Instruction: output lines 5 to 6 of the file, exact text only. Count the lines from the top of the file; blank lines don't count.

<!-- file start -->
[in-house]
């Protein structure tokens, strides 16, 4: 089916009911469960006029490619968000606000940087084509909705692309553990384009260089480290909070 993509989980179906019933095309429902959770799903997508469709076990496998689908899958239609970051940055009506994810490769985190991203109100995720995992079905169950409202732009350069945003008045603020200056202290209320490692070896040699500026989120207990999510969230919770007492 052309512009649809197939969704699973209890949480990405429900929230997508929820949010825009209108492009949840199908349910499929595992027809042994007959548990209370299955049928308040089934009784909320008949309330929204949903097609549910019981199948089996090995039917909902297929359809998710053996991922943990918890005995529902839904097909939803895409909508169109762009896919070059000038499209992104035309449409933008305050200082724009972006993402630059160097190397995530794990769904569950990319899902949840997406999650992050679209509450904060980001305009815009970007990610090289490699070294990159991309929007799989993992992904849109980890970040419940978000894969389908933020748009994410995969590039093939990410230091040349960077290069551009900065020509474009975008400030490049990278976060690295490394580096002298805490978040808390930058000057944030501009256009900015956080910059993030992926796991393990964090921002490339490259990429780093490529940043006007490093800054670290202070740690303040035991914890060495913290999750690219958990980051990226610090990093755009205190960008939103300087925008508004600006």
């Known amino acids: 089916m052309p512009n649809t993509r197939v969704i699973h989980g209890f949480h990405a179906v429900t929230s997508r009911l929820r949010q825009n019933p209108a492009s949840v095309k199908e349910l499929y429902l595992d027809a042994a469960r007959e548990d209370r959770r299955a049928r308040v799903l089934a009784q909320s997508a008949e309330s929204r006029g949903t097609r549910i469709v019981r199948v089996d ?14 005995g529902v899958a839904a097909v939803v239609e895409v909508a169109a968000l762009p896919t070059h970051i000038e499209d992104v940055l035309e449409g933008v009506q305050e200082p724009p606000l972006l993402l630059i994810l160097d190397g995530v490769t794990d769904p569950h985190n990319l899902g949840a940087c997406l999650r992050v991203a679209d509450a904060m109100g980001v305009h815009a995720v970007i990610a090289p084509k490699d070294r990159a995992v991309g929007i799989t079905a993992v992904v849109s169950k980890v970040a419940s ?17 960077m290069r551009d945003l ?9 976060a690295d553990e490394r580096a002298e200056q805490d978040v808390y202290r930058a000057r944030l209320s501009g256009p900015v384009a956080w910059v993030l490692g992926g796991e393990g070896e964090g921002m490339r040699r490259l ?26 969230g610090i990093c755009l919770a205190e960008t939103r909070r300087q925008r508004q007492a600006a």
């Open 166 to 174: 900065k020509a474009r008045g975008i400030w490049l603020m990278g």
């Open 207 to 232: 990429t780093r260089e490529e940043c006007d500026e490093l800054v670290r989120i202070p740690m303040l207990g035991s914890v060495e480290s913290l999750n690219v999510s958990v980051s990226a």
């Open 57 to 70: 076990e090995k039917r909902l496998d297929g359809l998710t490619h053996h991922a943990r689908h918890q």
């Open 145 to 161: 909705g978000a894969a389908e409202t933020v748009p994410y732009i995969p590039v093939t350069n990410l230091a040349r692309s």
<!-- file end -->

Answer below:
């Open 207 to 232: 990429t780093r260089e490529e940043c006007d500026e490093l800054v670290r989120i202070p740690m303040l207990g035991s914890v060495e480290s913290l999750n690219v999510s958990v980051s990226a």
């Open 57 to 70: 076990e090995k039917r909902l496998d297929g359809l998710t490619h053996h991922a943990r689908h918890q």